Climate Change Is Altering Flood Timing in Europe

Climate-related shifts in European river flooding from 1960 to 2010. | Carla Schaffer/ AAAS

Climate change is altering the timing of river flooding across Europe, according to a new study in the August 11 issue of Science. The data, collected over a 50-year period, reveal that rivers are flooding earlier in the spring in the western and northeastern regions of the continent and later in the season around the North Sea and some areas of the Mediterranean coast.

River flooding affects more people worldwide than any other natural hazard, with an estimated global annual average loss of $104 billion. Günter Blöschl of Vienna University of Technology, an author of the study, notes that flooding involves more than just monetary costs. "River floods also pose a hazard to the lives of people. We do have hundreds, if not thousands, of fatalities around the world due to river floods every year. The number of fatalities strongly depends on how well prepared a region is."

Knowledge of local flooding patterns offers communities some degree of preparedness. Climate change has great potential to alter flooding patterns, but the possible extent of these changes has not been quantified until now.

"There are different processes through which climate change may change floods," explained Blöschl. "Rainfall may become heavier, the soils may become wetter, due to more frequent storms, and snowmelt may become more intense."

To better understand changing patterns in river flooding, Blöschl and colleagues analyzed data collected from more than 4,200 hydrometric stations in 38 European countries between 1960 and 2010. The large-scale project, called FloodChange, was funded by the European Research Council.

The researchers looked at changes in flood timing in particular because it is directly linked to climate change. Other features of flooding tend to be less ideal to study for understanding the impacts of climate change because additional factors can influence the outcome. For example, flood magnitude can be affected by factors beyond climate change, such as changes in land use from urbanization, intensifying agriculture and deforestations.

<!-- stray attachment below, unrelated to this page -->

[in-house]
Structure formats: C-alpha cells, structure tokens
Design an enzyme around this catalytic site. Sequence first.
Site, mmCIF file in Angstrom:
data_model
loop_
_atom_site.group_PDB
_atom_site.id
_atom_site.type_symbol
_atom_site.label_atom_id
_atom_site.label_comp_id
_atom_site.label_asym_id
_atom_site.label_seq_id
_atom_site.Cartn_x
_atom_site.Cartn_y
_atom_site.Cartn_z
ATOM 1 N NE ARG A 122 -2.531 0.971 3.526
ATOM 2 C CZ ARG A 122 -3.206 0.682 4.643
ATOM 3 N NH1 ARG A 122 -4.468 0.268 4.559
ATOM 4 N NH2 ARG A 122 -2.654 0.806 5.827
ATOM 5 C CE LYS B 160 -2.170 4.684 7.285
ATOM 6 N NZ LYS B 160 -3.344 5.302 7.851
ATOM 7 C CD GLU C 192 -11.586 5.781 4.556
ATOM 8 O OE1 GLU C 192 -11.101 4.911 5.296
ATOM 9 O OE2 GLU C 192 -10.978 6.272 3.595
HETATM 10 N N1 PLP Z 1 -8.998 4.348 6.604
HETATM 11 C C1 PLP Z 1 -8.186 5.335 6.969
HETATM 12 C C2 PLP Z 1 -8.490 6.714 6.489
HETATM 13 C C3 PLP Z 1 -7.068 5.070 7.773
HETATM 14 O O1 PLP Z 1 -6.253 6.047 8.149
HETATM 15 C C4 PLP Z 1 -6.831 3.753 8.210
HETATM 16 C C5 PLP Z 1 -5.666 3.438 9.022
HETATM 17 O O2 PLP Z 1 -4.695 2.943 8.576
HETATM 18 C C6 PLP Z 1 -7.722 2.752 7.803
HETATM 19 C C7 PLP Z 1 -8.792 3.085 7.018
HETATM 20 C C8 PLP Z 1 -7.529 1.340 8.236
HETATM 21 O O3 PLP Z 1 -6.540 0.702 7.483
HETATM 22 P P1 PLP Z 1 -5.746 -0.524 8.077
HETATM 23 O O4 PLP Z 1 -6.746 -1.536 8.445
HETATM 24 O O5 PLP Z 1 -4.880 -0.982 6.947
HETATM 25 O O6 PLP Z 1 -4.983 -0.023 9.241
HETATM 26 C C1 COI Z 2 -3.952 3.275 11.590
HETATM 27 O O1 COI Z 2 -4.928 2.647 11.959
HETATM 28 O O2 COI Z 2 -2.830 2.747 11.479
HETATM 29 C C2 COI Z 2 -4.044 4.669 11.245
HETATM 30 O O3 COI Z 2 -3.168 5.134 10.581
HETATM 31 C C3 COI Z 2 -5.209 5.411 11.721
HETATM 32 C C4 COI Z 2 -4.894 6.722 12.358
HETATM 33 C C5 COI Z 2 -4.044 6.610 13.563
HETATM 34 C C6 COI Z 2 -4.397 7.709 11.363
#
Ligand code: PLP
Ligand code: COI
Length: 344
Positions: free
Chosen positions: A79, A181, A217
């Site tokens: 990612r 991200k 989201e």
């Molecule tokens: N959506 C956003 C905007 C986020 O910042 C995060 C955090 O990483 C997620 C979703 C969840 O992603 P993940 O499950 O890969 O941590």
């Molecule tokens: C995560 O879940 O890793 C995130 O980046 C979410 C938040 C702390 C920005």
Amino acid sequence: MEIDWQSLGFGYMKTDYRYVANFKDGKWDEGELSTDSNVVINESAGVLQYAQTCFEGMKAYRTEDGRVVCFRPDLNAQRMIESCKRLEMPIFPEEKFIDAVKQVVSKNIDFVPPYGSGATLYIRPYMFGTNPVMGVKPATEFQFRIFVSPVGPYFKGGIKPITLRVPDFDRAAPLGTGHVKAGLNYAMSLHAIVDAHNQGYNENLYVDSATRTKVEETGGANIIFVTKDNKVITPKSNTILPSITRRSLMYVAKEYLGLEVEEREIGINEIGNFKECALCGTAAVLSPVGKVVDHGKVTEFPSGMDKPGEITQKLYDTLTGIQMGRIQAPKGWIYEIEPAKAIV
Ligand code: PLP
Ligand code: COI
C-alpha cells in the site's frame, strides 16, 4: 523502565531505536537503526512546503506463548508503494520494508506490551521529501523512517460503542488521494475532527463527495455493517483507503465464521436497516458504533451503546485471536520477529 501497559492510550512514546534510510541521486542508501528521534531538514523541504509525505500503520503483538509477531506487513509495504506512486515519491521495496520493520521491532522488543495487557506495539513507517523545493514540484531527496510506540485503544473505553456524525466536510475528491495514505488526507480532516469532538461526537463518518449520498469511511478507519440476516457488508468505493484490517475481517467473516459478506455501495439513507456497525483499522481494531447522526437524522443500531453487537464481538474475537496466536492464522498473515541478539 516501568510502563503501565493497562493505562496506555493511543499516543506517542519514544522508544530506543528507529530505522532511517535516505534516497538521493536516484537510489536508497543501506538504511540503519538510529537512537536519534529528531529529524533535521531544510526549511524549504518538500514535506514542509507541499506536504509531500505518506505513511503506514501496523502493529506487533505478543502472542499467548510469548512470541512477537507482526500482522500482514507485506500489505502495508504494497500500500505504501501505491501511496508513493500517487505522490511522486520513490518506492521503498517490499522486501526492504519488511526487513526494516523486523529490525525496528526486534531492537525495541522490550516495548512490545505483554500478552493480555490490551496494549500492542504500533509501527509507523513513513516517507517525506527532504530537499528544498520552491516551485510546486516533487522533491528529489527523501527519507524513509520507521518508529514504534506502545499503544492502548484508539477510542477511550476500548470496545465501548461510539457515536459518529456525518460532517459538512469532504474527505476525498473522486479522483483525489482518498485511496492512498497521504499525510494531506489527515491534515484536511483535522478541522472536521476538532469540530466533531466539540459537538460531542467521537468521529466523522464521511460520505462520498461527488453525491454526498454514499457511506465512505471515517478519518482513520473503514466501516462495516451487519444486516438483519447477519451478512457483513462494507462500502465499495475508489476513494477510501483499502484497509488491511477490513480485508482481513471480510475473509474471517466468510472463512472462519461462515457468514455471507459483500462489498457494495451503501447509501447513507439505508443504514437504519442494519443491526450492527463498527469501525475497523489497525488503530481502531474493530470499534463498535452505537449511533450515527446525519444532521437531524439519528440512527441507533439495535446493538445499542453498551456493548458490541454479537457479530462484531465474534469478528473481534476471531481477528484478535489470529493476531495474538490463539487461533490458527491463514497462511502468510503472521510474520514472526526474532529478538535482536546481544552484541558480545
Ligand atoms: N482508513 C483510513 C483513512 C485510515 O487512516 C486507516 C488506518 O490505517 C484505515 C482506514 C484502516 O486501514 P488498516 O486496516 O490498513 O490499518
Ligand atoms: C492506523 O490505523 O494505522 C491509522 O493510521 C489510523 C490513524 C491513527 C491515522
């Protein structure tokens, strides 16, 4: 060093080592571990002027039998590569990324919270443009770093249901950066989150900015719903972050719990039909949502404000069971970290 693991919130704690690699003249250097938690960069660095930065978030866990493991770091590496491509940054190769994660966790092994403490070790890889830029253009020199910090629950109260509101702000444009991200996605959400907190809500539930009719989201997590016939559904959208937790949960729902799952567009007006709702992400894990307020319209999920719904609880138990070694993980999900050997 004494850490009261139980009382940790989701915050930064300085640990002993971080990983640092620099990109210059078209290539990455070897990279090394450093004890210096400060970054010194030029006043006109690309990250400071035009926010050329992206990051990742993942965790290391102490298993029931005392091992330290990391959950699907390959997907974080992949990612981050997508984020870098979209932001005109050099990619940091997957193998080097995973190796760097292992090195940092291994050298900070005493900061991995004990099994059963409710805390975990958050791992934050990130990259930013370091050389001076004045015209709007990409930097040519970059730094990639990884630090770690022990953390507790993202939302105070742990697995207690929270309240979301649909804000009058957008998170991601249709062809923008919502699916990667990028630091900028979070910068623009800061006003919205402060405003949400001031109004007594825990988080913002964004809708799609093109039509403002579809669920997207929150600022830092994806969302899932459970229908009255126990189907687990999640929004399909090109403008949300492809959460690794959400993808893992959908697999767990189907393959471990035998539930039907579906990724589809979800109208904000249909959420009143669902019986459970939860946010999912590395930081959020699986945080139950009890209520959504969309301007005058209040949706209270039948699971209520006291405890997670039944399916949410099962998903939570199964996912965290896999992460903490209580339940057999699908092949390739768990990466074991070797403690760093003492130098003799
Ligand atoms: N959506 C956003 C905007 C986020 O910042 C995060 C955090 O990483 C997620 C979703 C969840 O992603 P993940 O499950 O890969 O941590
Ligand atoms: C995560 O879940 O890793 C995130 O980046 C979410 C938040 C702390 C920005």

The data reveal that the most substantial changes occurred in western Europe along the North Atlantic coast from Portugal to England. Here, about half of the stations recorded a shift toward earlier floods by at least 15 days over the 50-year period. The authors attribute this shift largely to the nature of soil (in particular, its ability to retain moisture) in this region.

Nearly all stations in northeastern Europe recorded a shift to earlier flooding as well, with about half recording a shift that exceeds eight days; these changes are largely due to increases in snowmelt that occur in a warmer climate. In speculating how this might impact the region, Blöschl said, "Spring floods shifting to earlier in the season in northeastern Europe may leave reservoirs half empty, if managers expect later floods that never arrive, with adverse consequences for hydropower production."

Around the North Sea, about half of the stations recorded a shift toward later flooding by more than eight days, which the authors attribute to extreme precipitation occurring during the winter and changes in the North Atlantic Oscillation, a major weather pattern affecting winds and storm tracks in the North Atlantic region. These changes could impact ecosystems and agriculture, Blöschl suggested.

"Later winter floods in Scotland and Ireland may delay the migration of salmon and hence jeopardize their sustainability. Later winter or spring floods in catchments around the North Sea may reduce agricultural productivity due to softer soils and enhanced erosion in spring," he said.

Based on these results, Blöschl emphasized the need for management strategies to be reconsidered, in order to optimize resources and minimize potential damage from "off-season" events. His team plans to take advantage of the unique flood data set they have compiled and analyze it further in terms of changes in flood frequency and magnitudes.

[Credit for related image: ASI / Land Tirol / BH Landeck]